This is an update of a column that originally appeared on November 6, 2003
NEW YORK (CNN/Money) -- The folks at Dow Jones finally came to their senses and kicked out Eastman Kodak and AT&T from the Dow Jones Industrial Average. International Paper also got the boot.
It's about time. In addition to the original version of this column in November, we also wrote in September 2002 about how the Dow needed some new blood.
In that story, we came up with a list of seven companies that could be top contenders. And what do you know? Three of them, Verizon, American International Group and Pfizer were chosen to replace AT&T, Kodak and IP.
Giving Ma Bell and Kodak the old heave-ho really makes a lot of sense. Neither is the best example of a leader in a key economic sector, which is what the Dow is supposed to represent.
AT&T has no wireless business. It is essentially a long-distance and local phone company whose best days are behind it. Sales are on the decline. So are earnings. It's been a nice run, but Ma Bell needed to go.
Kodak's continued inclusion in the Dow was even more preposterous. At least AT&T (T: Research, Estimates) still has some heft, with a market value of nearly $15.5 billion and expected sales in 2004 of $31 billion.
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Kodak (EK: Research, Estimates)? It's a mid-cap stock, worth just $7.5 billion with estimated revenue of $13.6 billion -- not a lot by Dow 30 standards.
Twelve of the Dow components have 2004 revenue targets exceeding $50 billion.
Also troubling is that Kodak decided last year to slash its dividend to pay for a new growth strategy focusing on digital imaging (a move that many on Wall Street think is several years too late).
How can a company be a leader if it requires a massive makeover to merely catch up with the latest technology trends? (For more about Kodak's dividend cut and increased push into digital photography, read "Not a pretty picture".)
The last time the editors at the Wall Street Journal shook up the Dow was more than four years ago. That's when Microsoft and Intel became the first Nasdaq-listed companies to join the exclusive club. SBC Communications and Home Depot were also added.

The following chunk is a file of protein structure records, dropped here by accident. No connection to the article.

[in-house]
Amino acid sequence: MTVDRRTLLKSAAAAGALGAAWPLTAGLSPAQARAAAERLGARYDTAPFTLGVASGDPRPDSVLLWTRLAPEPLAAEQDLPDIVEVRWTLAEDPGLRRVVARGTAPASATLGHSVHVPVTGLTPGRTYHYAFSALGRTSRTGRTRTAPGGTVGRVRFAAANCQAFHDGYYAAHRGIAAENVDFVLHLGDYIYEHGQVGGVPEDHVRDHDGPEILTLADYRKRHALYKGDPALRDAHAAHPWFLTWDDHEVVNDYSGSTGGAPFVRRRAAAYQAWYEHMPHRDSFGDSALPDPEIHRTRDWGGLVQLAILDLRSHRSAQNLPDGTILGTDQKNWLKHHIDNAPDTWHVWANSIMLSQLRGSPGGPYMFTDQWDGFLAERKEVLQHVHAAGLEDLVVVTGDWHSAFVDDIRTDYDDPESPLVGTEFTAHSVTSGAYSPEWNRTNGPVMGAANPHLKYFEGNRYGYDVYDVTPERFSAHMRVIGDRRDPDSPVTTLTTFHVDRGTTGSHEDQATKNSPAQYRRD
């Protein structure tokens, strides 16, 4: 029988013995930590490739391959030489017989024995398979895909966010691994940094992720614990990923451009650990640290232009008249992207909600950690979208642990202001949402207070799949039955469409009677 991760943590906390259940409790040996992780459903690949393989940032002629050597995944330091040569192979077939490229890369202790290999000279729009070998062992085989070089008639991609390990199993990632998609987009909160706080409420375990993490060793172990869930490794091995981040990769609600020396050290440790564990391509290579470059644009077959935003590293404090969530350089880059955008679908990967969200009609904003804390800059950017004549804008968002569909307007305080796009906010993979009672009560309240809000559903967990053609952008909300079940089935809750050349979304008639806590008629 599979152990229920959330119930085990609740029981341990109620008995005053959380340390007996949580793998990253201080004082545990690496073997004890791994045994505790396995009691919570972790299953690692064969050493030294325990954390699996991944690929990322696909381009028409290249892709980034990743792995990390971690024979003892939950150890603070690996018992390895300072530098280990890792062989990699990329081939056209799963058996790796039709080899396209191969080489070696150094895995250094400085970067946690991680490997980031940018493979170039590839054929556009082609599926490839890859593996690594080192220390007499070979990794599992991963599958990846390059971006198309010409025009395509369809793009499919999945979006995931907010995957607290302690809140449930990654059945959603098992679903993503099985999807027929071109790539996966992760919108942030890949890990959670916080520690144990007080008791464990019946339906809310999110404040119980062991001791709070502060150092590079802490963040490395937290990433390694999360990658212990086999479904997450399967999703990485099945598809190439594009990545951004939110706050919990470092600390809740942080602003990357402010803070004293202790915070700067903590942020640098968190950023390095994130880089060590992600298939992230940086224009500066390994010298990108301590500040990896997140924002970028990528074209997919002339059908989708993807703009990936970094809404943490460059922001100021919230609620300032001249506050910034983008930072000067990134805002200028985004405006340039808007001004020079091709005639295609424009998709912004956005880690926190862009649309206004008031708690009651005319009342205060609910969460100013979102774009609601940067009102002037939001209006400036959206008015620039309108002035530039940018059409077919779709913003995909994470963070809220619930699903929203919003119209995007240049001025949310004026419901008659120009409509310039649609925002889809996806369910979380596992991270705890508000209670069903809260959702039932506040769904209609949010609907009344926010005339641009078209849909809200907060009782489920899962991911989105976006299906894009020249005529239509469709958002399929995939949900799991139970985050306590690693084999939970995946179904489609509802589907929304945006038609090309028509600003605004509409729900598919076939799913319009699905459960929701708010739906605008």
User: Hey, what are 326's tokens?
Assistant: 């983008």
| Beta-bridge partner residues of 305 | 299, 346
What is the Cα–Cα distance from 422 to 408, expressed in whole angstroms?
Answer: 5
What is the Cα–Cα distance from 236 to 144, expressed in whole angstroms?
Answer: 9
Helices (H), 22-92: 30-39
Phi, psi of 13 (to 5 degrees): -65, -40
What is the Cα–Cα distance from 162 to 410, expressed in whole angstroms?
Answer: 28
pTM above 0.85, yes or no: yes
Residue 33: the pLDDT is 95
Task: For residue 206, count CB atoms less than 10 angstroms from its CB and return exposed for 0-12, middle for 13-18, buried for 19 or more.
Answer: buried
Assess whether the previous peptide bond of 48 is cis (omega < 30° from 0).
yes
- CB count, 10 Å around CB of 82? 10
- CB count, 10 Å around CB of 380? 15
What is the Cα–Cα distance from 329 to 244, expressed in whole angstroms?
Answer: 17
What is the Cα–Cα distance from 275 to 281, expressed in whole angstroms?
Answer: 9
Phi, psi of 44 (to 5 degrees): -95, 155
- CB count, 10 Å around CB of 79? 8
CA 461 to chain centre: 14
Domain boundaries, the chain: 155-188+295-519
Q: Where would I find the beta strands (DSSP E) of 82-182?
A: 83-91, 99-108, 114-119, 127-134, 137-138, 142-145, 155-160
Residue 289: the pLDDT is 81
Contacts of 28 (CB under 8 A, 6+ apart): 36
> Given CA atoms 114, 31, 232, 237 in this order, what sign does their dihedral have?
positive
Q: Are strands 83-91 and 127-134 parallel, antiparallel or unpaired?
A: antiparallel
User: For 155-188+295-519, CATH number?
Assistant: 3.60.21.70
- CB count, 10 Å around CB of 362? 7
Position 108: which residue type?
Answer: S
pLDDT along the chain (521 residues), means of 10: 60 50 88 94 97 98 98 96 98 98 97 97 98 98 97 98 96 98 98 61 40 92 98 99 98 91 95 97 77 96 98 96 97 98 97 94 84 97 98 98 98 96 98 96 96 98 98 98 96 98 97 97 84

Sears, Goodyear, Union Carbide and ChevronTexaco were given the boot.
Welcome to Verizon
It's interesting to note that only one tech-related company was chosen as one of the new three Dow constituents. There will probably be some debate about why Verizon was chosen since fellow Baby Bell SBC Communications is already in the Dow.
But that argument is a little weak. Verizon (VZ: Research, Estimates) is the biggest Baby Bell. It is the majority owner of Verizon Wireless, the nation's largest cell phone company. Telecom is still an important industry. And after all, who said you have to have only one company in a sector?
|Company ||Market Value* ||Est. 2004 sales |
|Cisco Systems ||$164 billion ||$21.8 billion |
|Comcast ||$65 billion ||$20 billion |
|Dell ||$86 billion ||$48.4 billion |
| * as of 4/1/04|
| Source: Thomson/Baseline|
Merck and Johnson & Johnson are both drug companies but that didn't stop the WSJ editors from adding Pfizer. And how different really are Citigroup and J.P. Morgan Chase?
Still, there are plenty of worthy candidates from tech and telecom that could be future Dow contenders.
How about Cisco Systems (CSCO: Research, Estimates)? It is the leader in networking equipment, a crucial part of technology not represented in the Dow.
Or maybe Comcast? Ma Bell sold its cable business to Comcast (CMCSA: Research, Estimates) in 2002 and the resulting company is now the largest U.S. cable firm, with expected sales next year of $20 billion and a market value of $65.4 billion. It's hard to dispute the growing importance of cable, especially since cable and telecom companies are looking more and more alike these days.
Of course, Comcast could buy its way in...it has made an unsolicited takeover bid for Walt Disney (DIS: Research, Estimates).
Finally, you can't count out Dell. Sure, Dell (DELL: Research, Estimates) and Dow member Hewlett-Packard are in similar businesses. But if the Dow is supposed to include industry leaders then how can Dell be excluded?
At last check, H-P made the majority of its money from printers and is still struggling to eke out a profit in its PC and enterprise hardware businesses, stuff like servers and storage.
And how about Amazon in the S&P 500?
But enough about the Dow.
On to a quick (I promise) rant about another key market barometer -- the S&P 500. True, the people at Standard & Poor's have done a better job of including key tech companies in the index. But there are still some notable omissions.
I think the most glaring is Amazon.com (AMZN: Research, Estimates), which is finally making money and is expected to report $6.7 billion in sales this year.
That's more than analysts are expecting from several techs in the S&P 500, such as Qualcomm, Analog Devices and Electronic Arts. It's also more revenue than a bunch of S&P 500 retailers are expected to post this year, including RadioShack, Bed Bath & Beyond and Tiffany.
Amazon has survived the dot.com meltdown and deserves to be included in the S&P 500 with the likes of fellow Nets Yahoo! and eBay. It's as simple as that.
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